Music in Our Schools Month

Music In Our School’s Month was celebrated this week at Southern Huntingdon County High School with Tuesday being “Rock Star Hair Day.” English teacher Steve Keim rocked the day by reliving the big hair days of some past bands.

The National Association for Music Education (NAfME) recognizes and celebrates Music in Our Schools Month (MiOSM) every March to spread information about the importance of music education in public schools. This year, Southern Huntingdon County High School/Middle School implemented a Music Spirit Week to show support for the music program at SHC.

“This year,” Trisha Stevens, the choir director at SHC stated, “SHC is celebrating in a bigger way, thanks to our new band director. He has been working hard alongside some of the high school music students to have a spirit week and a music display case near the office. Each year we have the freedom to celebrate in a new way, and I am excited to recognize the wonderful work our students do with music at SHC!”

Tyler Clewell, SHC’s band director, elaborated on the celebrations taking place this month. “Each day in the Music Spirit Week corresponds to a different theme related to music.”

Monday, students were encouraged to wear a shirt representing their favorite band, musician or musical. Tuesday was Rockstar Hair Day. Wednesday was Decade Day. On Thursday, students were encouraged to wear their best attire as if they were attending an opera. Some students went beyond and dressed as if they were in an opera. Friday, students wore blue and SHC apparel in support of Jarred Memmi, an SHC freshman recently diagnosed with cancer.

“We also put together a display in the hallway that demonstrates how music connects all subject areas within the school,” Clewell continued. “We are adding new things to the display each and every day! Every week during March, we plan to have a ‘Music Trivia Question of the Week’; the question appears on the daily announcements and students can submit answers for a prize. We are also hoping to have teacher karaoke competitions during lunch periods, as well as some performance opportunities throughout the school day.”

People who are not involved in music programs may not always understand why music education is so important. SHC’s Tri-M Music Honor Society chapter president Shayna Scott hopes to set the record straight.

“Through music, I have made some of the best friends anyone could ever ask for,” Scott began. “SHC’s music program has provided me with a safe environment to express myself, and when I am having a rough day, music makes my heart swell with joy and reminds me that there is light at the end of the tunnel. I have learned throughout the years that a love of music is the most common thread connecting people around the world.”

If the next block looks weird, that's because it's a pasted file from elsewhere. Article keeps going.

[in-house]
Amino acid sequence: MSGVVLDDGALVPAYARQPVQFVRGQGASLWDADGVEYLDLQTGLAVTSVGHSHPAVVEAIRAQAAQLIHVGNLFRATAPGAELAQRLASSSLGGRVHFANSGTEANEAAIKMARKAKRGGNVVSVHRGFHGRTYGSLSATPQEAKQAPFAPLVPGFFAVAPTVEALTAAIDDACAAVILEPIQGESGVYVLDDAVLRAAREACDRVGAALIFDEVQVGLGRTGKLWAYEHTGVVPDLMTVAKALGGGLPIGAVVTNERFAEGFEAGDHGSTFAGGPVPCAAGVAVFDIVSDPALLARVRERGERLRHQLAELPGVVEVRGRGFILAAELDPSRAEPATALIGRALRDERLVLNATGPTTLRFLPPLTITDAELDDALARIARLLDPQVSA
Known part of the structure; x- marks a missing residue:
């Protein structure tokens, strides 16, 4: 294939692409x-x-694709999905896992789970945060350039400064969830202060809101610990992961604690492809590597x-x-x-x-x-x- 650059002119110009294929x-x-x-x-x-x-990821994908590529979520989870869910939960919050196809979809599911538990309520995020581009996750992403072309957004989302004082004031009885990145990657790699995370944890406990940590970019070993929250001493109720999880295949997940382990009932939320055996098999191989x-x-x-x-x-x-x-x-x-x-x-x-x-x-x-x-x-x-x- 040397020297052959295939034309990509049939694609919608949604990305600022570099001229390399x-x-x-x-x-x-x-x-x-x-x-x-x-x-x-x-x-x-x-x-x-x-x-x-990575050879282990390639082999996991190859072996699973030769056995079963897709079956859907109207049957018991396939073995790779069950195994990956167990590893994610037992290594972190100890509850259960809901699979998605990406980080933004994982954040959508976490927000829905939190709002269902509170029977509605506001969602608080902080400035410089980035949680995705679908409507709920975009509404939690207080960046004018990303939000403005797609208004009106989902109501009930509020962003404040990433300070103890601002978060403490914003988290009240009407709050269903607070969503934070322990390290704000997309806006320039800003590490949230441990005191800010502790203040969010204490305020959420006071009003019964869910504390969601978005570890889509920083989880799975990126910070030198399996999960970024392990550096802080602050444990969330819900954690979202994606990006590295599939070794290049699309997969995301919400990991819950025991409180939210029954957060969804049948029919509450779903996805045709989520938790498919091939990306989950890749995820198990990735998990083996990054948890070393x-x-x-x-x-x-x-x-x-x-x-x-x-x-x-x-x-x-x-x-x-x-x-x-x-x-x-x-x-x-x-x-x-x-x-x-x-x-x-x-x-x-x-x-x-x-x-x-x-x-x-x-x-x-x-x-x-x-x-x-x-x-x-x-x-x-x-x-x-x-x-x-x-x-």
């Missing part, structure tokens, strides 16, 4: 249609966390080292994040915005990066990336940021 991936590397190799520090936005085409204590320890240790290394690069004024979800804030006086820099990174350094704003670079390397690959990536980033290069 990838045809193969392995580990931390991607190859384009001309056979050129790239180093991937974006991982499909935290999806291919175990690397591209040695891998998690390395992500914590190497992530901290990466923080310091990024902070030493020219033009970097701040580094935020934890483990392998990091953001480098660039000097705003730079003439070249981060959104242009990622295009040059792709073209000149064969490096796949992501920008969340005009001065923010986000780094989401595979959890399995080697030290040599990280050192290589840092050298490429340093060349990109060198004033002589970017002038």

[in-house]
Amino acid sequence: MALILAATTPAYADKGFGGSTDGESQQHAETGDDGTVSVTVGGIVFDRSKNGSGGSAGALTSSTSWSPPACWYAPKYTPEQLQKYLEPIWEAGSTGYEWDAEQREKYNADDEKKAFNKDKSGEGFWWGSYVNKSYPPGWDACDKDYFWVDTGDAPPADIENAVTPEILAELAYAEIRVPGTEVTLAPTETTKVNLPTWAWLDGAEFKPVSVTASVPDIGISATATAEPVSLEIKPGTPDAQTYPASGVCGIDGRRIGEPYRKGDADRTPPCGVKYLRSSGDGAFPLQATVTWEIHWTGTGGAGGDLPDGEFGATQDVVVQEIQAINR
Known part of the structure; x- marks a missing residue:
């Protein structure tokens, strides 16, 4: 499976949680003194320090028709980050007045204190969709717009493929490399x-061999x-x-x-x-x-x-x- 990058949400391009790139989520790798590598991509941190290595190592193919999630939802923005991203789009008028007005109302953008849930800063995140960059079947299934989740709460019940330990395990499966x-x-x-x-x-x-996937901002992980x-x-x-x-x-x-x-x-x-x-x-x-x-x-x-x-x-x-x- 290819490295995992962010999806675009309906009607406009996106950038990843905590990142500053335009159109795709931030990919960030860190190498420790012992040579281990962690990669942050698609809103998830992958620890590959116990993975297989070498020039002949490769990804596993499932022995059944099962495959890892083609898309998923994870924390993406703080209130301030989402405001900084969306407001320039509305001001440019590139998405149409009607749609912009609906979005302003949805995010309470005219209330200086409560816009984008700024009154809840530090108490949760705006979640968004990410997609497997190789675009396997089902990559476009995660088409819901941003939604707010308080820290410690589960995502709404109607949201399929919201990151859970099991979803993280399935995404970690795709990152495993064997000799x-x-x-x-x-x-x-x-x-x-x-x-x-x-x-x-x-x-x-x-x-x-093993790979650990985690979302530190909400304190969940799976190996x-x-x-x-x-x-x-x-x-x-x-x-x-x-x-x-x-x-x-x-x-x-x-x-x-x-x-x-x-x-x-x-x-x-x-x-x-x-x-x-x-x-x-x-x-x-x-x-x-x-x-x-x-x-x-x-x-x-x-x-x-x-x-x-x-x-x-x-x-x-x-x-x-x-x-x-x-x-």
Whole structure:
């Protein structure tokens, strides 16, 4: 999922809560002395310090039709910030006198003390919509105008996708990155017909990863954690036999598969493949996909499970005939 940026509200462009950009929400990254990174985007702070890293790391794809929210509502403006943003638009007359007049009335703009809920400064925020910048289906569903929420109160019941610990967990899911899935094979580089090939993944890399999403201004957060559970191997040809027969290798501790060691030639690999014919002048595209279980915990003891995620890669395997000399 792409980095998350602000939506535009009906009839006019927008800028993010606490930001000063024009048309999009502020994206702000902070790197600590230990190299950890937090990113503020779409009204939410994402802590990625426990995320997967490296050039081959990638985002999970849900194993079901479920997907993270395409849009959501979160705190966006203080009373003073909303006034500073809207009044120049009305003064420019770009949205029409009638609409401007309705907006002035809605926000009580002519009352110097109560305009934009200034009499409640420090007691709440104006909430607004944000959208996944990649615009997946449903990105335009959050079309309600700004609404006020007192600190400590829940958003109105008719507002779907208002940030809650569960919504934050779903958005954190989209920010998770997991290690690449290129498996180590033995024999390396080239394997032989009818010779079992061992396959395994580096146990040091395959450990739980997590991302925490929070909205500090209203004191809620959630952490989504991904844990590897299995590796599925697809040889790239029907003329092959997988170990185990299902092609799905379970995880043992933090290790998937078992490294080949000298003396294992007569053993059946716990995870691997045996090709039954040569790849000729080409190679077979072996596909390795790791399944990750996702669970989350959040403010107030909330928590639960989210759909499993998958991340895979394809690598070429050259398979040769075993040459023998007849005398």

“Music education is so important because it changes the way we view the world,” Scott continued. “It inspires me to be kind to everyone I meet and look at the world as I do with a new piece of music — with an open mind.”

As for how music has impacted the music directors themselves?

“When I was in sixth grade, my music teacher invested in me and reminded me I can do anything if I put the work in and keep focused!” Stevens continued. “When I got to high school I had the privilege of participating in District and Regional Band and Chorus. These experiences gave me a bigger, better perspective of the way music shapes students, and I knew I wanted to be a part of this bigger picture.

“Music has changed my life and helped me become successful in so many areas; I want to give students the same experiences I had. Studies have shown that students who participate in ensembles have higher test scores, higher GPAs and higher IQs. I hope that one day, music education will be recognized alongside our core subjects,” shared Stevens.

Clewell reflected, “When I was in high school I loved music and mostly participated in band. It was what I looked forward to most every day. My band director, Mr. Philip Loewen, was an excellent teacher who was very influential in my decision to become a music educator. He shared his love of music with us daily and pushed us to become better musicians every time we picked up our instruments. I hope to inspire my students the same way.

“I teach because I love music! It is a crucial part of a child’s educational experience and teaches us multiple skills that are valuable in other aspects of life. Imagine a world without music, and you can see why music education is so important,” Clewell concluded.

Music in Our Schools Month is an often overlooked celebration, but music education should not be ignored. Music is an emotional and creative outlet that affects almost every aspect of our daily lives; why should we ignore such a crucial element of our humanity?



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